India’s Naval LCA’s next Big Test: Arrested Recovery Landing on Aircraft Carrier

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With the ongoing pre-Monsoon trials for the naval version of Light Combat Aircraft (LCA) entering its last lap, the designers would now shift their focus towards the maiden arrested recovery landing missions (post-Monsoon), at INS Hansa in Goa.

While the current campaign is scheduled to end next week, sources confirm to Mathrubhumi that the prototypes would be now readied for arrester hook landing trials from the Shore Based Test Facility (SBTF), on their return to Bengaluru.

Extensive data has been gathered so far and these would be analyzed by various system groups. We would assess whether any changes need to be incorporated on the prototypes. Later, arrester hook will be installed on NP2. We have already carried out the Ground Vibration Test (GVT) and Structural Coupling Test (SCT),” an official said.
At Bengaluru, based on the flight test data, scientists have already conducted wind tunnel tests for different combinations of LEVCON (Leading Edge Vortex Controller) and Slats to obtain optimum configuration.

Structural Test Specimen (STS) tests have already been carried out on the specially- built Main Airframe Static Test (MAST) created at Hindustan Aeronautics Ltd (HAL). The limit loads for high sink rate and full arrester hook loads have been successfully tested. This is an important precursor for the taxi-in engagement at the SBTF,” the official said.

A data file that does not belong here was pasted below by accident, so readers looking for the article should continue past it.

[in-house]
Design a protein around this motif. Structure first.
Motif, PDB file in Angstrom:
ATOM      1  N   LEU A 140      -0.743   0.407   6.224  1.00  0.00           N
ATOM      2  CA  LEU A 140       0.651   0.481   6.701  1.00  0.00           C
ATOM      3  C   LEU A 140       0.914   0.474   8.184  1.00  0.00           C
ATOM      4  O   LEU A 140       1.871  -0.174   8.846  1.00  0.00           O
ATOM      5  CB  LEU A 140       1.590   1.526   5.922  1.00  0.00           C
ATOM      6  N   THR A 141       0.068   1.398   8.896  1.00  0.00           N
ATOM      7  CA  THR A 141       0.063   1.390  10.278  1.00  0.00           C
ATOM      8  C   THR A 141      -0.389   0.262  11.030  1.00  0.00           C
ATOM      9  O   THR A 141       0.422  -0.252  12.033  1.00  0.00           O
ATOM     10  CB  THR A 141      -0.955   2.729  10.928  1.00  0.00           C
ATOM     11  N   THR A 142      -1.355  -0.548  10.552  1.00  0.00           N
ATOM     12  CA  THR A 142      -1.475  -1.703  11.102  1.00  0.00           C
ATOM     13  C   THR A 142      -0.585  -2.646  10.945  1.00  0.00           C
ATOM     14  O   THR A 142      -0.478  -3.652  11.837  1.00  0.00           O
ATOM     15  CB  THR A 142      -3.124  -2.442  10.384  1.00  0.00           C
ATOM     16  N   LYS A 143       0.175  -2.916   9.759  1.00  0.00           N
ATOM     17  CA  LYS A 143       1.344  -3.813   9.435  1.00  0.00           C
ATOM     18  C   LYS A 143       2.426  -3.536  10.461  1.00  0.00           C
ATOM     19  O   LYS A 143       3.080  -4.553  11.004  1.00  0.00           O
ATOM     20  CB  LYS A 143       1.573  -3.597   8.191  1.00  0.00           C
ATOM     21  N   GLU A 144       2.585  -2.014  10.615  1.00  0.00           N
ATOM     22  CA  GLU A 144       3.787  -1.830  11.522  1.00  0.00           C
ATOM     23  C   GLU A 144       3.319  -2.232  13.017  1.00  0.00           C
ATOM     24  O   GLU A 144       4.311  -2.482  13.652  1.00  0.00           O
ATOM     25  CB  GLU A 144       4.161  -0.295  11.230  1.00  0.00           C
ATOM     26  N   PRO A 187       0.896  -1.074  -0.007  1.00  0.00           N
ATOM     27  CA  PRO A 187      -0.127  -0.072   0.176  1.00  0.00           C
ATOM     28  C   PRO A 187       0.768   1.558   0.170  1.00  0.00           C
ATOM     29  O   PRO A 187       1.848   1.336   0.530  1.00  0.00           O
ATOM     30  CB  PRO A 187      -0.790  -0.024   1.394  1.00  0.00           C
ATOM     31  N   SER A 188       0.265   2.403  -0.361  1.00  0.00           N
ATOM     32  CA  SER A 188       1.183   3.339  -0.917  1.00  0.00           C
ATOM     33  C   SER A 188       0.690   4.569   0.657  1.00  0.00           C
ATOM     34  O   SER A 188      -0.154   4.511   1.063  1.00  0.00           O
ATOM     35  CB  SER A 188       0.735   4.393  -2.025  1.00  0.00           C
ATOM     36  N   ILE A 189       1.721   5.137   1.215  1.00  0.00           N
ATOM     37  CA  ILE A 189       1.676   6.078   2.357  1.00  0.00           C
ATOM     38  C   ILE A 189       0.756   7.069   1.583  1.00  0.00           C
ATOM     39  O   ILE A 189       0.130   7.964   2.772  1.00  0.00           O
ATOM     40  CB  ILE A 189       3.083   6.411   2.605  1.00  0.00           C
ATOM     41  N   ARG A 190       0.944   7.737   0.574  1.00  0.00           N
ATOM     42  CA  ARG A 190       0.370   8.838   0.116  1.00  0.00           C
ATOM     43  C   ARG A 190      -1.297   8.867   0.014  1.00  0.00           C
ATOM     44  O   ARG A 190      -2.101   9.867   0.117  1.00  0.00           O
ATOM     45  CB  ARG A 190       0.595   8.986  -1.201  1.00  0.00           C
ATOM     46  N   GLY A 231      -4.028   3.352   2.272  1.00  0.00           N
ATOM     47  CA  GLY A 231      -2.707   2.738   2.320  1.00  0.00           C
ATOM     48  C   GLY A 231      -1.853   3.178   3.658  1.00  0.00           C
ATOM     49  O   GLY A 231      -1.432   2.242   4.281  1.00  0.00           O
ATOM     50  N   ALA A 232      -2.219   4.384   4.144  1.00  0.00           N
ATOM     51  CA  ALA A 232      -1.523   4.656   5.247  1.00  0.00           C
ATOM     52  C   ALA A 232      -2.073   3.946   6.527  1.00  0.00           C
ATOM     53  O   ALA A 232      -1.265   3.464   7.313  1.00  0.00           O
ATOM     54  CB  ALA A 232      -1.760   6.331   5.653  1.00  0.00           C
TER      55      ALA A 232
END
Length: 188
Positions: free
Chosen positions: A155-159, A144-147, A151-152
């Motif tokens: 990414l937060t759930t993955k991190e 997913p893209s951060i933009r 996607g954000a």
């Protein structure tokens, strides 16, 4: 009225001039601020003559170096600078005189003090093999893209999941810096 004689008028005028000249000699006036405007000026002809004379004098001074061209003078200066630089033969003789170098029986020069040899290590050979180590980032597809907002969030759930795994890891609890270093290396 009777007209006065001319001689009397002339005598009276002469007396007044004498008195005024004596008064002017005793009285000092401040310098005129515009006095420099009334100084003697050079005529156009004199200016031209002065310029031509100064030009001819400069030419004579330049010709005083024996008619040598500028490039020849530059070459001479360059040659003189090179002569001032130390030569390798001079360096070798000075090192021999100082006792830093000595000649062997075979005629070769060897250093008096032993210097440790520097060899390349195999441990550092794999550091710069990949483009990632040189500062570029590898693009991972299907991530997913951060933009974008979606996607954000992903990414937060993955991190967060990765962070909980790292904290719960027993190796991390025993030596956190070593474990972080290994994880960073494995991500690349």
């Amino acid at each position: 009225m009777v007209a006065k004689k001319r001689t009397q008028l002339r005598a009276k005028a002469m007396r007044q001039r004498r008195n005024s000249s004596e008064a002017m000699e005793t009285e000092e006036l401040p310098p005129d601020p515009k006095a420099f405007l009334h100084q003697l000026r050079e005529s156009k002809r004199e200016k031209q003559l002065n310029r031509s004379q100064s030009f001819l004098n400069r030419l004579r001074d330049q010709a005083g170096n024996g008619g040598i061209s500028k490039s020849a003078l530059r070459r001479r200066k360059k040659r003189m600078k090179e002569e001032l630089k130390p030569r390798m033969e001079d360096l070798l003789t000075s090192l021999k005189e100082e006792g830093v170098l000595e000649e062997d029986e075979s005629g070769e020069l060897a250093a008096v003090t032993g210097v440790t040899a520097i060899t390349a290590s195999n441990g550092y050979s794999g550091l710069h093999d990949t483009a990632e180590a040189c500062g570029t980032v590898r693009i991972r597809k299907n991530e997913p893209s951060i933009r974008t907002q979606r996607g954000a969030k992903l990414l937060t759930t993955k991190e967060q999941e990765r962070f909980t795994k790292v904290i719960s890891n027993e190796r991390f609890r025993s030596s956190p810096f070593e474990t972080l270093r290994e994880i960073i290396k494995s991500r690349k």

Ski-Jump Launches No-More a Major Challenge

The engineers associated with the current campaign say that ski-jump launch is not considered to be a major challenge anymore and further launches are to explore the limits that the aircraft can be taken to.

Normal launch in the aircraft carrier is from around 200 meter, where the Restraining Gear System (RGS) is located. First launch in December 2014 was from a distance of around 300m to establish a safe launch for the first time with a lot of conservatism as this was the first time. The first launch was when there was a tail wind of 8 knots. Normally on the carrier, there is at least 15 to 20 knots headwind. During the latest set of launches, winds have been both from ahead, cross and tail,” says the official. 

NLCA Launches Done with R-73 Missiles

In the current campaign at SBTF, a total of five launches were carried out, including two-night launches and in addition to eight already done last month so far by both NP-1 and NP-2.

Due to the confidence we gained, we have already carried out launches adding two R- 73 Close Combat Missiles. We would further fine tune Control Law to enhance launch capability that would enhance further take-off mass capability. So far, the loads on landing gear system are as per predictions,” says the official.

He said a series of test pre-requisites to actual arrested recovery have been conducted to evaluate the handling qualities (HQ) of the aircraft.

Towards HQ evaluation, preliminary approaches (about 10) were done during the December 2014 campaign and it was established that the Control Law needed updates. In the current campaign, over 100 approaches have been done from both NP1 and NP2 to gather data to enable further fine tuning of Control Law,” the official added. Source

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